All of johnswentworth's Comments + Replies

Beyond-episode goals: that is, the model cares about the consequences of its actions after the episode is complete.

I claim this part is basically unneccesary. Once the AI has situational awareness, if it's optimizing for human-assigned ratings, then scheming-style behavior naturally follows even if the AI is only optimizing for a single episode.

This came up in a recent dialogue with Eli. We talked about an AI optimized against human ratings, facing a choice of whether to "seize the raters and put them in special 'thumbs up'-only suits".

[The below is copied... (read more)

3Joe Carlsmith8d
I agree that AIs only optimizing for good human ratings on the episode (what I call "reward-on-the-episode seekers") have incentives to seize control of the reward process, that this is indeed dangerous, and that in some cases it will incentivize AIs to fake alignment in an effort to seize control of the reward process on the episode (I discuss this in the section on "non-schemers with schemer-like traits"). However, I also think that reward-on-the-episode seekers are also substantially less scary than schemers in my sense, for reasons I discuss here (i.e., reasons to do with what I call "responsiveness to honest tests," the ambition and temporal scope of their goals, and their propensity to engage in various forms of sandbagging and what I call "early undermining"). And this especially for reward-on-the-episode seekers with fairly short episodes, where grabbing control over the reward process may not be feasible on the relevant timescales.

... I was expecting you'd push back a bit, so I'm going to fill in the push-back I was expecting here.

Sam's argument still generalizes beyond the case of graphical models. Our model is going to have some variables in it, and if we don't know in advance where the agent will be at each timestep, then presumably we don't know which of those variables (or which function of those variables, etc) will be our Markov blanket. On the other hand, if we knew which variables or which function of the variables were the blanket, then presumably we'd already know where t... (read more)

2Abram Demski5d
I find your attempted clarification confusing.  No? A probabilistic model can just be a probability distribution over events, with no "random variables in it". It seemed like your suggestion was to define the random variables later, "on top of" the probabilistic model, not as an intrinsic part of the model, so as to avoid the objection that a physics-ish model won't have agent-ish variables in it. So the random variables for our markov blanket can just be defined as things like skin surface temperature & surface lighting & so on; random variables which can be derived from a physics-ish event space, but not by any particularly simple means (since the location of these things keeps changing). Again, no? If I know skin surface temperature and lighting conditions and so on all add up to a Markov blanket, I don't thereby know where the skin is. It seems like you agree with Sam way more than would naively be suggested by your initial reply. I don't understand why.  When I talked with Sam about this recently, he was somewhat satisfied by your reply, but he did think there were a bunch of questions which follow. By giving up on the idea that the markov blanket can be "built up" from an underlying causal model, we potentially give up on a lot of niceness desiderata which we might have wanted. So there's a natural question of how much you want to try and recover, which you could have gotten from "structural" markov blankets, and might be able to get some other way, but don't automatically get from arbitrary markov blankets. In particular, if I had to guess: causal properties? I don't know about you, but my OP was mainly directed at Critch, and iiuc Critch wants the Markov blanket to have some causal properties so that we can talk about input/output. I also find it appealing for "agent boundaries" to have some property like that. But if the random variables are unrelated to a causal graph (which, again, is how I understood your proposal) then it seems difficult to recove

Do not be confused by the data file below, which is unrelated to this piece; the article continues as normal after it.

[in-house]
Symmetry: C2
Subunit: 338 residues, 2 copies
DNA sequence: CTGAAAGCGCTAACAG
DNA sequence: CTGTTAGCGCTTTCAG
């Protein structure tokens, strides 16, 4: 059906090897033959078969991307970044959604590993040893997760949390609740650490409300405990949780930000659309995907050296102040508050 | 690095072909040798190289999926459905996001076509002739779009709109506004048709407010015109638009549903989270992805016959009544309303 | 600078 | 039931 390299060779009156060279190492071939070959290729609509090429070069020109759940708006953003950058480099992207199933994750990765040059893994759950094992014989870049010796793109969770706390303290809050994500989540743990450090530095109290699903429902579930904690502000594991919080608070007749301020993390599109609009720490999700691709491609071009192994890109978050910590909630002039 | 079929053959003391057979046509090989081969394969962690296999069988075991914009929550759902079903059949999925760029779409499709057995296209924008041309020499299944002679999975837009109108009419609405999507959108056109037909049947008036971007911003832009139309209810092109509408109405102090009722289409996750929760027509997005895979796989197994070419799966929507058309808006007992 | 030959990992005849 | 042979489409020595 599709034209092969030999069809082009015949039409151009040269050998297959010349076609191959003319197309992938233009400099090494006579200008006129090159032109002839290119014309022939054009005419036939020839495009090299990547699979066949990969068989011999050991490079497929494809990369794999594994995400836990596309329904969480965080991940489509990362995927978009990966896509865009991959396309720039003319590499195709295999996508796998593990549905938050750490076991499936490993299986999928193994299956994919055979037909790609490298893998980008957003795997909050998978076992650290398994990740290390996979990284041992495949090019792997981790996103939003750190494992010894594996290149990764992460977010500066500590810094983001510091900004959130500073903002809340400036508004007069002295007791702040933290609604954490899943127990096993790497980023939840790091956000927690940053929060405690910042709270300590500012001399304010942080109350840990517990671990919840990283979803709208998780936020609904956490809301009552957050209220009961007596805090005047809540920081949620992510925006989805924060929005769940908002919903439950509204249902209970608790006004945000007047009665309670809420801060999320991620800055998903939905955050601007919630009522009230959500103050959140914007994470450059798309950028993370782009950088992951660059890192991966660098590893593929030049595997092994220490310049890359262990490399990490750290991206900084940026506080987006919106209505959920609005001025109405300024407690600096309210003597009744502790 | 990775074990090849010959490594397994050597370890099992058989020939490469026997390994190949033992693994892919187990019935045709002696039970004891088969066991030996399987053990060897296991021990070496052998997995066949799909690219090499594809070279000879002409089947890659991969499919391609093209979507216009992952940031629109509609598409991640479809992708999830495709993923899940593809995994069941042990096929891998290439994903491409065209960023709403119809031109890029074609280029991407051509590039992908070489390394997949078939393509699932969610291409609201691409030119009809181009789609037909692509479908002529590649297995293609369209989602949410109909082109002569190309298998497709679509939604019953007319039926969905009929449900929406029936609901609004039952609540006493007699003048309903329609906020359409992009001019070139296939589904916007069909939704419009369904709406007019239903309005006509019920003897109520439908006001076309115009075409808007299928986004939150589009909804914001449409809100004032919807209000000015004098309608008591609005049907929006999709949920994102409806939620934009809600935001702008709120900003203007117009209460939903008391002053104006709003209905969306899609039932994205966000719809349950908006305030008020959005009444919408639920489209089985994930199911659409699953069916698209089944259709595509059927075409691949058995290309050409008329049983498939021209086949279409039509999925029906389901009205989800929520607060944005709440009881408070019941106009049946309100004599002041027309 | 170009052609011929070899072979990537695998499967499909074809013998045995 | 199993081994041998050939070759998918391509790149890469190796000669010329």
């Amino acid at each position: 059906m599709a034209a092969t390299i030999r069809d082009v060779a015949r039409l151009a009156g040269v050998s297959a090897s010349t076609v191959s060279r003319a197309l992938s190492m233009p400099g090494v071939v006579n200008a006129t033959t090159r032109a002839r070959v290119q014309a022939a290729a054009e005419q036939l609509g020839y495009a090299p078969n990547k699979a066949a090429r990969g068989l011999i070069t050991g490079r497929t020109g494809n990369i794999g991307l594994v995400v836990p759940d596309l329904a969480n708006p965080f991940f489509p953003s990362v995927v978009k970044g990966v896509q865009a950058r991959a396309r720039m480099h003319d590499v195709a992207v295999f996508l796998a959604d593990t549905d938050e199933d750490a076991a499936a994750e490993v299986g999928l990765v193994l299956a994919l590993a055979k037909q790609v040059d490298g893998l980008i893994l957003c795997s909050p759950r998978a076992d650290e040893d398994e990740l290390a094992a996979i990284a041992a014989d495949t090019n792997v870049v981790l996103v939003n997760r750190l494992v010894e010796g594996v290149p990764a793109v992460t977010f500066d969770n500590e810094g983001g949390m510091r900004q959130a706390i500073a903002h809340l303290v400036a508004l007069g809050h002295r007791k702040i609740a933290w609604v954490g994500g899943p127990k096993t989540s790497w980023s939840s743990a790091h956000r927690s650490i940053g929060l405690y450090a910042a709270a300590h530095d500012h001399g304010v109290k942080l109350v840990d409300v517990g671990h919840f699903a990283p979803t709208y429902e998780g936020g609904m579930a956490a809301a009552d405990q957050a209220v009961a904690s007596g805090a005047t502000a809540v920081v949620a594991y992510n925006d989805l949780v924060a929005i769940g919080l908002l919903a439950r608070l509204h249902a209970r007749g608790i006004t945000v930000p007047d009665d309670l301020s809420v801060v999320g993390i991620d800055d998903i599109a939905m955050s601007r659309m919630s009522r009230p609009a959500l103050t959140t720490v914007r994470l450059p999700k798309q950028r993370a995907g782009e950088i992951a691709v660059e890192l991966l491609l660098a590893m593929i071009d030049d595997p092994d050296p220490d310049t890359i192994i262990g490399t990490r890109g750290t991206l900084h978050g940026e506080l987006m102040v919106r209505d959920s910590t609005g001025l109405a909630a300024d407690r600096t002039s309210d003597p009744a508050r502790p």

I think you use too narrow a notion of Markov blankets here. I'd call the notion you're using "structural Markov blankets" - a set of nodes in a Bayes net which screens off one side from another structurally (i.e. it's a cut of the graph). Insofar as Markov blankets are useful for delineating agent boundaries, I expect the relevant notion of "Markov blanket" is more general: just some random variable such that one chunk of variables is independent of another conditional on the blanket.

Ahhh that makes sense, thanks.

I agree that that's a useful question to ask and a good frame, though I'm skeptical of the claim of strong correlation in the case of humans (at least in cases where the question is interesting enough to bother asking at all).

I've been wanting someone to write something like this! But it didn't hit the points I would have put front-and-center, so now I've started drafting my own. Here's the first section, which most directly responds to content in the OP.

Failure Mode: Symbol-Referent Confusions

Simon Strawman: Here’s an example shamelessly ripped off from Zack’s recent post, showing corrigibility in a language model:

Me: … what is this example supposed to show exactly?

Simon: Well, the user tries to shut the AI down to adjust its goals, and the AI - 

Me: Huh? The user doe... (read more)

3Alex Turner1mo